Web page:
On February 18, 2021, the court ruled on this Clean Water Act Citizens Suit in which the plaintiffs argued that the defendant, a poultry waste processing facility, had violated its state NPDES permit many times by exceeding the plant’s permit limits for nitrogen. The defendant argued that the case should be dismissed because it has entered into Consent Orders with Pennsylvania DEP in 2012 and 2017 which require the defendant to replace its wastewater treatment facility by June 1, 2021. The court rejected this defense—based on the provisions of the federal Clean Water Act (CWA)—because the state equivalent to the CWA, the Pennsylvania Clean Steams Act, was not “roughly comparable” to the Clean Water Act. The court noted that this issue has not been decided by the Third Circuit Court of Appeals.

FEDERAL REGULATORY NOTICES

U.S. Department of Transportation
On February 9, 2021, the DOT notified the public that the permits needed to begin work on the North Houston Highway Improvement Project were in hand, and any petitions for judicial review must be filed within 150 days of the date of the publication of this notice. A Federal Environmental Impact Study and Record of Decision were released on February 3, 2021. This will be a major project, involving the replacement of a major highway cutting through the City of Houston and likely displacing many homes and businesses. (See 86 FR 8828.)

Department of the Interior
Also on February 9, 2021, the Department of the Interior issued a notice delaying the effective day of new rules that will substantially revise the current agency enforcement policy regarding the “taking” of migratory birds. (See 86 FR 8715.) The final rule was published on January 7, 2021, and the effective date has been extended until March 8, 2021. The public is invited to submit comments as to whether the effective date should be extended beyond that date. The rule is controversial, so its fate may be uncertain.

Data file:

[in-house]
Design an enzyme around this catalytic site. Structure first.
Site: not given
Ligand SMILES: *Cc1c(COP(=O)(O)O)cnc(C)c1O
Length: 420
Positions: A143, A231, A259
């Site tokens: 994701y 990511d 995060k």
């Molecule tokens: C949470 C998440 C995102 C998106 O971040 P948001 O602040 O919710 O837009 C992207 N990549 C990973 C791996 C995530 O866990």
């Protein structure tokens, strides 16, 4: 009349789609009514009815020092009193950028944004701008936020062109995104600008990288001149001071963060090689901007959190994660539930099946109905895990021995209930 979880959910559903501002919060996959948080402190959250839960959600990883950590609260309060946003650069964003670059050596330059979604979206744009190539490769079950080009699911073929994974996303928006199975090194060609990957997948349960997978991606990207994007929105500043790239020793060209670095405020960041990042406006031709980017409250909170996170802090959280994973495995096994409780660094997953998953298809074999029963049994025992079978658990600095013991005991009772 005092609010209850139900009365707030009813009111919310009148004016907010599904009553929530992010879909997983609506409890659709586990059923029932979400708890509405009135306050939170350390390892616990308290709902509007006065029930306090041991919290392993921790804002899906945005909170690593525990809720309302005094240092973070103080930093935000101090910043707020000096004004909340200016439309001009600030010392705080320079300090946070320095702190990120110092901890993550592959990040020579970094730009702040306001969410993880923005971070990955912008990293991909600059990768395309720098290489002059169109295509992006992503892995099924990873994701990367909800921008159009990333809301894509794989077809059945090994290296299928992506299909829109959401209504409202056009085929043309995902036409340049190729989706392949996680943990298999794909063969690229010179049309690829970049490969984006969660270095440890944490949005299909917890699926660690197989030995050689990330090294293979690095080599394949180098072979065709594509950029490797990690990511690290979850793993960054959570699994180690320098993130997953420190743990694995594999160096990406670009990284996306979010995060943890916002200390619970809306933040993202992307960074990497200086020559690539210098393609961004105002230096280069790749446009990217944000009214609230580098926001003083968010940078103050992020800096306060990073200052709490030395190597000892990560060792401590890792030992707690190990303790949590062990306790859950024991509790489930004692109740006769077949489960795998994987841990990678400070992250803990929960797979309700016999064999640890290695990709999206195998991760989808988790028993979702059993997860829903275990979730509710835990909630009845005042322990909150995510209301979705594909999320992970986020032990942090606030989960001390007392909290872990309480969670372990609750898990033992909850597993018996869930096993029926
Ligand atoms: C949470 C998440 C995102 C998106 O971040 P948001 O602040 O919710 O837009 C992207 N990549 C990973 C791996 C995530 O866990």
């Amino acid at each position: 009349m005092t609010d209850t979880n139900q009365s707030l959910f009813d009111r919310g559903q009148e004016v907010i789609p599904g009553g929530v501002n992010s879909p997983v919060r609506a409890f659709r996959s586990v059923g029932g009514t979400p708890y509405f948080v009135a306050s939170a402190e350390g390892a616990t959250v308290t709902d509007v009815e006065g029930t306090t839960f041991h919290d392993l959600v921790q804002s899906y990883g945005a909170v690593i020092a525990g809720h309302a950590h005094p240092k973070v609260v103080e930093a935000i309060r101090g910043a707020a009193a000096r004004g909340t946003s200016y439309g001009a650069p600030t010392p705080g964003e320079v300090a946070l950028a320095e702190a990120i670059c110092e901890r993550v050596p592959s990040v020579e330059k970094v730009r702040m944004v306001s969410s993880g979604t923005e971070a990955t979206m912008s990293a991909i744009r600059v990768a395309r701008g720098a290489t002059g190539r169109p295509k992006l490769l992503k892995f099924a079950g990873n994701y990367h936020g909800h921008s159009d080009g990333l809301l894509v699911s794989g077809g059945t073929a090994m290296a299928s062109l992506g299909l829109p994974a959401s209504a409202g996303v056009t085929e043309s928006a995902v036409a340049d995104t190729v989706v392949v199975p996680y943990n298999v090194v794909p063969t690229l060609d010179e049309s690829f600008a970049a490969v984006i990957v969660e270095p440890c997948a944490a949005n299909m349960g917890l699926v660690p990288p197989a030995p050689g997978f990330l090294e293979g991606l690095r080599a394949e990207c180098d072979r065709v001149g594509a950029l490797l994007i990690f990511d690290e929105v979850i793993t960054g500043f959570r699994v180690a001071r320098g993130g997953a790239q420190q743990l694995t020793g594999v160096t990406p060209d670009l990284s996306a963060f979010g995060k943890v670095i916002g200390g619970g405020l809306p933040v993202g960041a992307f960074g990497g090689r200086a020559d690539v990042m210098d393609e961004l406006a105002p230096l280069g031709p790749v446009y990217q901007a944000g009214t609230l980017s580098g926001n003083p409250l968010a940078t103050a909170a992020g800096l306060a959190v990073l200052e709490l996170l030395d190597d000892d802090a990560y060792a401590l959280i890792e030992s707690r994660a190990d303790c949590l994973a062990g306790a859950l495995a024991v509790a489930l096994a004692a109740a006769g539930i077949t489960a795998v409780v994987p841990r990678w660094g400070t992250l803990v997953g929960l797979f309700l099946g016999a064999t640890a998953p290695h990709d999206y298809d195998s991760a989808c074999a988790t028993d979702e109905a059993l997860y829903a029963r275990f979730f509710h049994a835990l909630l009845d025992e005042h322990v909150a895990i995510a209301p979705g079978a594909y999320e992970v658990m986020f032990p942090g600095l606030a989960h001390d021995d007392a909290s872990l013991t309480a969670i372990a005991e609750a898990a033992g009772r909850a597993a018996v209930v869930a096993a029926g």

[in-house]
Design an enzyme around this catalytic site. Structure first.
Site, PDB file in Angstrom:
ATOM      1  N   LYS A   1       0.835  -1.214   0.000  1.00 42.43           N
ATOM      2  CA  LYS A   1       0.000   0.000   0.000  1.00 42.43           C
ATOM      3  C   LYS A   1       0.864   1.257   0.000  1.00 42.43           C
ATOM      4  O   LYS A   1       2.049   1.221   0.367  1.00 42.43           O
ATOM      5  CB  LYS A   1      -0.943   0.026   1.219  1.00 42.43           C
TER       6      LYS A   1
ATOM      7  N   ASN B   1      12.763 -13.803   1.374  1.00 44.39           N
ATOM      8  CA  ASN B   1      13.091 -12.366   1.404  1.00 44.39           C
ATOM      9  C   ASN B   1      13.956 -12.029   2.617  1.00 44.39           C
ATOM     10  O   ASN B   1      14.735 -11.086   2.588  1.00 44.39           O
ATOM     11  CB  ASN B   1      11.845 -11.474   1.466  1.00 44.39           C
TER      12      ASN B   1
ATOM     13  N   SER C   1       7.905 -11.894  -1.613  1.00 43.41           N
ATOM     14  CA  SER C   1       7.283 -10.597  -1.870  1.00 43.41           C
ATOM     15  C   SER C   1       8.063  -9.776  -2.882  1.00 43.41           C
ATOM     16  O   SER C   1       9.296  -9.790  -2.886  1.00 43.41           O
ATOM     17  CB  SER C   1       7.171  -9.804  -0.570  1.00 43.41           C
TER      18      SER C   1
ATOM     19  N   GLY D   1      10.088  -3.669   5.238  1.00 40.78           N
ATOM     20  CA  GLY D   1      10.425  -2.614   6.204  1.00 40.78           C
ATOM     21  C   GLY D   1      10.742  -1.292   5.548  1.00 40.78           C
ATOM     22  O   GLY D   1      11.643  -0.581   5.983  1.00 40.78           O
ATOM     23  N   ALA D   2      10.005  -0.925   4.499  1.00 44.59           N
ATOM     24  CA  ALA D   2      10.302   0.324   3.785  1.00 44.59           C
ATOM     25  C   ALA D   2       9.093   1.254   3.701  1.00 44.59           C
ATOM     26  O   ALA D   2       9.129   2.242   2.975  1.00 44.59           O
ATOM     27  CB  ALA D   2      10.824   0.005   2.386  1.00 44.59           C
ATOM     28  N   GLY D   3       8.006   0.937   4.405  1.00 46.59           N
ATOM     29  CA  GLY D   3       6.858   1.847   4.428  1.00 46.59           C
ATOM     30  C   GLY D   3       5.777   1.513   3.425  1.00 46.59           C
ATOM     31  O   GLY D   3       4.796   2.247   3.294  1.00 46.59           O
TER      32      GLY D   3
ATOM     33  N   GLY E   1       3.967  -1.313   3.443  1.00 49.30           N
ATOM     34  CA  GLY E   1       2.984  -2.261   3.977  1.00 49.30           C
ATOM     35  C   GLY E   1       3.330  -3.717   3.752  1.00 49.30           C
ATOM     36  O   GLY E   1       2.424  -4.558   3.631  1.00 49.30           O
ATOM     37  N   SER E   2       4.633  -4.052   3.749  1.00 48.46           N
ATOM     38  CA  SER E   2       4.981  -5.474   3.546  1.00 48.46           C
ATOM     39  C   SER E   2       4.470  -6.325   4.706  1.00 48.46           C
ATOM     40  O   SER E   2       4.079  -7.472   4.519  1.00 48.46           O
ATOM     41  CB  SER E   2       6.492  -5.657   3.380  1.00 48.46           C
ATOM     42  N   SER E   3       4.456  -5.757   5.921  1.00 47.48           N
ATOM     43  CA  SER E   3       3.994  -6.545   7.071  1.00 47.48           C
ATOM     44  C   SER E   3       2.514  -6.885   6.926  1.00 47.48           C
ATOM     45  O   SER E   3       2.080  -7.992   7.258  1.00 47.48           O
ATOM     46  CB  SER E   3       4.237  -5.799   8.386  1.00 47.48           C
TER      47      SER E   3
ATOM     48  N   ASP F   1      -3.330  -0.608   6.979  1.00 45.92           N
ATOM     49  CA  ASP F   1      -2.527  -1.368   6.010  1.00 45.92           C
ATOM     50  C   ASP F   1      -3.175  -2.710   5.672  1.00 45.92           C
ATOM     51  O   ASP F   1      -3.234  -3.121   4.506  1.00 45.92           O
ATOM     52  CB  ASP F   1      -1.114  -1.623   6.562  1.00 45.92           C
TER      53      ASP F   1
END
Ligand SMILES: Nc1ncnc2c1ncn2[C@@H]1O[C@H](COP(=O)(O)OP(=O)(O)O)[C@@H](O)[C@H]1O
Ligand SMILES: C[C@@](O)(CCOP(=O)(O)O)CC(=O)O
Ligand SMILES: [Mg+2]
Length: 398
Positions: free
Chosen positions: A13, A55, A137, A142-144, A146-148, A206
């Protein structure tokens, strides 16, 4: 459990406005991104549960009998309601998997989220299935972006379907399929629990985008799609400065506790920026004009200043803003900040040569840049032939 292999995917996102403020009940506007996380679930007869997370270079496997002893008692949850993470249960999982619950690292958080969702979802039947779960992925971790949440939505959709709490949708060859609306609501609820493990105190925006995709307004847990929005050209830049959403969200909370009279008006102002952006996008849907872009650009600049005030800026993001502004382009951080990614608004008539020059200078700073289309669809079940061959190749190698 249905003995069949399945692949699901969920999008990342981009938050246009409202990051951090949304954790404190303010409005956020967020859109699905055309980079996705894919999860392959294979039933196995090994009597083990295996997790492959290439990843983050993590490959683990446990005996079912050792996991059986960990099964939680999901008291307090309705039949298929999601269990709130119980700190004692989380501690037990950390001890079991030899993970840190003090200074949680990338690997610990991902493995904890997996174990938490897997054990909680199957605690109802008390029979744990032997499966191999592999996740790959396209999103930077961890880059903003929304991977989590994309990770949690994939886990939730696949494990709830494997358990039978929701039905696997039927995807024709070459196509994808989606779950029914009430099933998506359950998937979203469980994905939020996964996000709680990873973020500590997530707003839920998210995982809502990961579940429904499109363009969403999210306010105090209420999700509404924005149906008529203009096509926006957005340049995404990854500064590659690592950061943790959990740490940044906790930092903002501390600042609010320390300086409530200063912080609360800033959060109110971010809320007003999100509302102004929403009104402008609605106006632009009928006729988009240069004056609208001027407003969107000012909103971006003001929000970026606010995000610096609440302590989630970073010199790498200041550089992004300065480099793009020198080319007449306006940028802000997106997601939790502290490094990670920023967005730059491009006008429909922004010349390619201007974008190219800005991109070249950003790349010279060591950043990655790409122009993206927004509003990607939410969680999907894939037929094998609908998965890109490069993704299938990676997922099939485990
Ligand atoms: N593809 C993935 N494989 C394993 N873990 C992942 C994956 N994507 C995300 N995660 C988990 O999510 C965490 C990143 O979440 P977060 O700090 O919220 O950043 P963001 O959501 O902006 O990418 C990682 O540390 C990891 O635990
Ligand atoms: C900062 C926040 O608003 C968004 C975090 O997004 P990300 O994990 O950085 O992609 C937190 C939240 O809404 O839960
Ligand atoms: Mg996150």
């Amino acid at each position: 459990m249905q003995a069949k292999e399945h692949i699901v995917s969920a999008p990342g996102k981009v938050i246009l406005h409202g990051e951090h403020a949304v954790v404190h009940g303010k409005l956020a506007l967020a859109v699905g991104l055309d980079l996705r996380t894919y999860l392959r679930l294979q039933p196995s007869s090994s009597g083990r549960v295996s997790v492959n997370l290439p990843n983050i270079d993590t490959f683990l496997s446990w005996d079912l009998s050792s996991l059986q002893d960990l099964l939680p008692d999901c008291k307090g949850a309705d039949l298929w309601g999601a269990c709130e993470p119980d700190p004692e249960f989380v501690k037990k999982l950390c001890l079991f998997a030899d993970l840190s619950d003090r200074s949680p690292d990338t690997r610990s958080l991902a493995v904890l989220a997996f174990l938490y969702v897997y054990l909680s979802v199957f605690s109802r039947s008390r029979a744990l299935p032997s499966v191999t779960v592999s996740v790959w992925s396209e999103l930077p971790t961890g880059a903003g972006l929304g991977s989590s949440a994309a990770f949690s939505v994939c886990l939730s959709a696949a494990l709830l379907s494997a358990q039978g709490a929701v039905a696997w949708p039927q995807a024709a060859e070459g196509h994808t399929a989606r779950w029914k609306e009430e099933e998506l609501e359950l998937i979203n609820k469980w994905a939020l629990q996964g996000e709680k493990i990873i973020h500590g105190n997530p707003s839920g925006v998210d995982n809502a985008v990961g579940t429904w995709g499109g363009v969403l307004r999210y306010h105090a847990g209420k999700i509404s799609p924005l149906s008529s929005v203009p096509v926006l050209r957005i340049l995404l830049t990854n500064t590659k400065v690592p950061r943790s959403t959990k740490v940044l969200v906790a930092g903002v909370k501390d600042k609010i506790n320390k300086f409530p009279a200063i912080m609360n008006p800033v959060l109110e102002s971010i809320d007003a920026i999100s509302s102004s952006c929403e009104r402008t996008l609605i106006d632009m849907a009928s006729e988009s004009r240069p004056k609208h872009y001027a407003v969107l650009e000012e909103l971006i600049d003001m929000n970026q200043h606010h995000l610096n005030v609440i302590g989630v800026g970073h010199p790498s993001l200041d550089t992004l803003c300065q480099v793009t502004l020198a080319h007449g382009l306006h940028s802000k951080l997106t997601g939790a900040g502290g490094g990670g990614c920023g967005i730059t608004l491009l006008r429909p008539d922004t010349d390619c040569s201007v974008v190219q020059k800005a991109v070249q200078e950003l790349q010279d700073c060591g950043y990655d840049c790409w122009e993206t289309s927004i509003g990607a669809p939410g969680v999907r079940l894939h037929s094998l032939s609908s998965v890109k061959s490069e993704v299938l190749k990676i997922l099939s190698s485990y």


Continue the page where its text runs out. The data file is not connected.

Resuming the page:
Presidential Memorandum
On February 10, 2021, a Presidential Memorandum was published in the Federal Register, entitled “Scientific Integrity and Evidence-based Policy making.” (See 86 FR 8845.) A Presidential task force, to be headed by the Director of Science and Technology Policy, will establish the parameters of this policy for federal agencies. The thrust of this directive appears to incorporate some of the concepts of a recent EPA regulation on scientific evidence, such as the necessity for peer review.

EPA
On February 12, 2021, EPA notified the public that EPA Region 6 has granted the request of the State of Texas that its delegated Clean Water Act NPDES regulatory authority be augmented to include regulating discharges from oil and gas facilities (mostly produced water discharges) within the State of Texas. EPA will retain jurisdiction over offshore oil and gas discharges. (See 86 FR 9332.)

OSHA
On February 16, 2021, the Occupational Safety and Health Administration (OSHA) published a notice of proposed rulemaking, inviting comments on a proposal to modify the existing Hazardous Communication Standard to harmonize with the UN’s “harmonized system of classification and labelling of chemicals.” This is a very long notice, more than 250 pages of Federal Register text. Comments are due by April 18, 2021. (See 86 FR 9576.)